Okay  — AARONTALK 22:56, 24 May 2013 (UTC)
Magna Carta and the First Barons War
Second Barons War and the establishment of Parliament
  • Nothing needs correcting or explaining here.
 :-) Norfolkbigfish (talk) 15:33, 16 May 2013 (UTC)
Hi Aaron - I think this is now up to date as far as the comments so far. What do you think and are there any more Norfolkbigfish (talk) 08:07, 22 May 2013 (UTC)
Conquest of Wales
  • Can princedom be linked? I guess a more modern word for place like what existed then would be principalities, states, or regions?
More in the manner of Kingdom, Dukedom, Earldom etc but I have linked. Norfolkbigfish (talk) 09:09, 29 May 2013 (UTC)
  • Ah so that's where the Prince of Wales originates from. :-)Norfolkbigfish (talk) 09:09, 29 May 2013 (UTC)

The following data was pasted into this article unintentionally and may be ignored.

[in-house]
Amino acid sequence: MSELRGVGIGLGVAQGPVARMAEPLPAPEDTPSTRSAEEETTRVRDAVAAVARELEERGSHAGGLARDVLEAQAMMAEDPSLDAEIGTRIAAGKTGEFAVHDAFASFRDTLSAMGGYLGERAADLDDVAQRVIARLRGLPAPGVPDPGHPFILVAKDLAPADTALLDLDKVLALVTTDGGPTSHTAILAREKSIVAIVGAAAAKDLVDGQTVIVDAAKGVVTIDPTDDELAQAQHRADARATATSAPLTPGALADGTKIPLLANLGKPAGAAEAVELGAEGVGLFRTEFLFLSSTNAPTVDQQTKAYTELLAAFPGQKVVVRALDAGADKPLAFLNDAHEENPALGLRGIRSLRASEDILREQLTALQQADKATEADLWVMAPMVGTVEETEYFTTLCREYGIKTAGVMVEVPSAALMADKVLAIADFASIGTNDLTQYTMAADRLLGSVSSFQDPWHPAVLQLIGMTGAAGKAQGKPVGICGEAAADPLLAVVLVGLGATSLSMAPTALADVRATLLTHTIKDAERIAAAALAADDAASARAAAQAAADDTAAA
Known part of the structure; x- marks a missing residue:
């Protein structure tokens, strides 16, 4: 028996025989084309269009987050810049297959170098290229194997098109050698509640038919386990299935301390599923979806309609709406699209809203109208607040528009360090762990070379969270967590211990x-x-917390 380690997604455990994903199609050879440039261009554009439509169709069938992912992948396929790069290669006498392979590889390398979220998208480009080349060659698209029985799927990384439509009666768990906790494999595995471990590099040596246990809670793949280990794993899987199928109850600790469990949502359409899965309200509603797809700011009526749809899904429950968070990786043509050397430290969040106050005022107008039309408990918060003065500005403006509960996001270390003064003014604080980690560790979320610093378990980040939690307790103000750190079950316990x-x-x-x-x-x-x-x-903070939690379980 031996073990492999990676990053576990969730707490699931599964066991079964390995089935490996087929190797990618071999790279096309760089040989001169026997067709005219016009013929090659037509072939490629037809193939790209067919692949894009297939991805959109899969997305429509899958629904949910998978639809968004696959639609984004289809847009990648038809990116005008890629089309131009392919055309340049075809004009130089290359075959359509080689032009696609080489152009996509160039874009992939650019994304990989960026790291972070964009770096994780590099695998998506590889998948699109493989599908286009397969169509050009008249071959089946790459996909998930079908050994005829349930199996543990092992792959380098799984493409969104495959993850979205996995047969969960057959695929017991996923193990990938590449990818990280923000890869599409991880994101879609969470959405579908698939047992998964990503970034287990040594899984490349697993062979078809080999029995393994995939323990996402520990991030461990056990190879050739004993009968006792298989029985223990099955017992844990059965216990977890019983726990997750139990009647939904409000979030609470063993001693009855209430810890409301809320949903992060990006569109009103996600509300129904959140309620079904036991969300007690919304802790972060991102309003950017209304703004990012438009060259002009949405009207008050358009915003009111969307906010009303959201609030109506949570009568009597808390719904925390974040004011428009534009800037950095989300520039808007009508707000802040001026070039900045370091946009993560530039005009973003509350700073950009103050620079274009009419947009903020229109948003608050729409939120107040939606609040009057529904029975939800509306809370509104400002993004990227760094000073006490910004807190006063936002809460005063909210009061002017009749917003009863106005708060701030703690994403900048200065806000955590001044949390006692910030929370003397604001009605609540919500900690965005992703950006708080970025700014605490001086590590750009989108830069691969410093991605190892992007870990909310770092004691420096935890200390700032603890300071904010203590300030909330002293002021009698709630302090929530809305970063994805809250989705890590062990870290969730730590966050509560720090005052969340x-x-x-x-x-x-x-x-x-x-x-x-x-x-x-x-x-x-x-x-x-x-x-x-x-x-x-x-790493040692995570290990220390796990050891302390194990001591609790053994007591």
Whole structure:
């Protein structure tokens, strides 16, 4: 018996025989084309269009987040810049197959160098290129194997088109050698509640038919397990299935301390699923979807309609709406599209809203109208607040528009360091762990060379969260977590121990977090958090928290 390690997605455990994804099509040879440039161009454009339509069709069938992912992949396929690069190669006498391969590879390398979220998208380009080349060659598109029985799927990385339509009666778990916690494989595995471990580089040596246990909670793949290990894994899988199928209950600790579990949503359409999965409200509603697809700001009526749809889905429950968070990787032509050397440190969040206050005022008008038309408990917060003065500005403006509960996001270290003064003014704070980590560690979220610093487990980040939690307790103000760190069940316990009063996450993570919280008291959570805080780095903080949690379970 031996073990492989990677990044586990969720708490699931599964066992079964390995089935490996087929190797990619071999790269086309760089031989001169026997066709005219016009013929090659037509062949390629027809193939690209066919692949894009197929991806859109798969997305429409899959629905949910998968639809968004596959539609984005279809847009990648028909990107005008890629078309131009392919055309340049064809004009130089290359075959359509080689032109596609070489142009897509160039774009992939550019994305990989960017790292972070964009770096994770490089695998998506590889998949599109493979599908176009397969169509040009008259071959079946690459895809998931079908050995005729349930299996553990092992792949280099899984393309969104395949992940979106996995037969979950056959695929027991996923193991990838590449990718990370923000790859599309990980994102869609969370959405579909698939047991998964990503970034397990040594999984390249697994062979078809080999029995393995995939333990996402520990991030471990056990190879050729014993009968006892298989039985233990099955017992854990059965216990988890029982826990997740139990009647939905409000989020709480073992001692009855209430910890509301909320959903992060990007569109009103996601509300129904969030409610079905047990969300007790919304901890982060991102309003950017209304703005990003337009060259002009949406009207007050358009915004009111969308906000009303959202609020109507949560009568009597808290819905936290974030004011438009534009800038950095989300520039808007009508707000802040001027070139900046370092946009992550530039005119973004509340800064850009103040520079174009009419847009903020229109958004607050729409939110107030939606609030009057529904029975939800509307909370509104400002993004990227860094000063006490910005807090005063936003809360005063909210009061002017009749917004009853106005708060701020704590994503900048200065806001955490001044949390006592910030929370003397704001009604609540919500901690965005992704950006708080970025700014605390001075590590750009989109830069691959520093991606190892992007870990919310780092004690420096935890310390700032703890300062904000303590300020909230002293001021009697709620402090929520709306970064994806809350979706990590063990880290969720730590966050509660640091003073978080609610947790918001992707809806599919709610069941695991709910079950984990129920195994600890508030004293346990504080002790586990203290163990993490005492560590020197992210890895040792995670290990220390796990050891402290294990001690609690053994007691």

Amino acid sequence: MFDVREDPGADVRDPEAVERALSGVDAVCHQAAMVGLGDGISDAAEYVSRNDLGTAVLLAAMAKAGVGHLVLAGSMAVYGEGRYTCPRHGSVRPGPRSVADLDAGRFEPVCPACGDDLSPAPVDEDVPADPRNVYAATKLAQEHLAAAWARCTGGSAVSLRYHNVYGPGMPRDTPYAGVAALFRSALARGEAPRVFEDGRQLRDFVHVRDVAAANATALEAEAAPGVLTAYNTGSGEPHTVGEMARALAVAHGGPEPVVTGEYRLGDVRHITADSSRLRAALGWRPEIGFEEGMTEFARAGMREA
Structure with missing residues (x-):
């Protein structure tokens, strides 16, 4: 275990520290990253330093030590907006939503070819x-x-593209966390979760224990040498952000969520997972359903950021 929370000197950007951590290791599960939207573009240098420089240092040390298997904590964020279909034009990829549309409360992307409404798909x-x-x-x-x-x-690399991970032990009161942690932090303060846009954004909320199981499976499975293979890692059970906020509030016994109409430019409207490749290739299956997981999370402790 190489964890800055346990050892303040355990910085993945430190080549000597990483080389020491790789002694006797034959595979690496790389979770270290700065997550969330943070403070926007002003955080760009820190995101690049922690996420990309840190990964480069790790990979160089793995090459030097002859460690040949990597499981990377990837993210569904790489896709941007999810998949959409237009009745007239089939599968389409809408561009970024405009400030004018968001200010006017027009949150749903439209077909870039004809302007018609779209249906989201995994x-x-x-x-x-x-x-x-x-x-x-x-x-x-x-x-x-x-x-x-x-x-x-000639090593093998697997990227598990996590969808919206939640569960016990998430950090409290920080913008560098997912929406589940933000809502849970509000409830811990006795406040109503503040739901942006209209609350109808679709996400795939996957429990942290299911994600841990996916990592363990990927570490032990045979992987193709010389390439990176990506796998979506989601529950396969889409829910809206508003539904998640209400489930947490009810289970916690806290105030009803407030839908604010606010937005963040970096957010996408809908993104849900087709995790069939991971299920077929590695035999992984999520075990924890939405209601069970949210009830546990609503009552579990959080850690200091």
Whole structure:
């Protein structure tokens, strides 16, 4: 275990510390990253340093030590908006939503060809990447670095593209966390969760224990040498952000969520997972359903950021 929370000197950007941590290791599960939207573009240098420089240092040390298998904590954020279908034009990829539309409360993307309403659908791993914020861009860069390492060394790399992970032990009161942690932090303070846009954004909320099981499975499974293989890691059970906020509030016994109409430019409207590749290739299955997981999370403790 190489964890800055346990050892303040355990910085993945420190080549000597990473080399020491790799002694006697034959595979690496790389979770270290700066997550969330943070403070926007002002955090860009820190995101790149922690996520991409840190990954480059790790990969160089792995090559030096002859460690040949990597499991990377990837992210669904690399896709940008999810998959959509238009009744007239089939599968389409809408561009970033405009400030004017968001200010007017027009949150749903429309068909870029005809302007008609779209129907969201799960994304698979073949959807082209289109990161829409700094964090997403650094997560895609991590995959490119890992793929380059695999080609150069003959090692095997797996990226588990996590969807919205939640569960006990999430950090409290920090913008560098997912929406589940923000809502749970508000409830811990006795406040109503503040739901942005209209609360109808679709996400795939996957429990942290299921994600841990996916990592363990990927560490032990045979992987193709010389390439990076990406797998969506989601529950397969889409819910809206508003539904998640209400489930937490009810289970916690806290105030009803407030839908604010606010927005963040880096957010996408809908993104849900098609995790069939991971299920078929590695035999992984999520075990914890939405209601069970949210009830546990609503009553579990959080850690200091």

Constitutional change and the reform of feudalism
  • Put King Philip IV of France and link it instead of just Phillip IV
  • which prohibiting - should this be in the past tense? Doesn't make sense at the moment.
  • Magna Carta, reached - don't really need a comma there, it breaks unnecessarily
All done Norfolkbigfish (talk) 10:13, 29 May 2013 (UTC)
Anglo-Scottish wars
  • The King had general good - not really sure what you mean
  • I'm kinda lost what is going on now at the end of this section!
Re-edited, how about this? Norfolkbigfish (talk) 10:13, 29 May 2013 (UTC)
The Hundred Years' War
  • using the Parlement of Paris hear appeals the decisions of lower courts weakening the nobility's jurisdiction. - hear appeals? I don't think this flows properly, I don't really get what this sentence is trying to convey.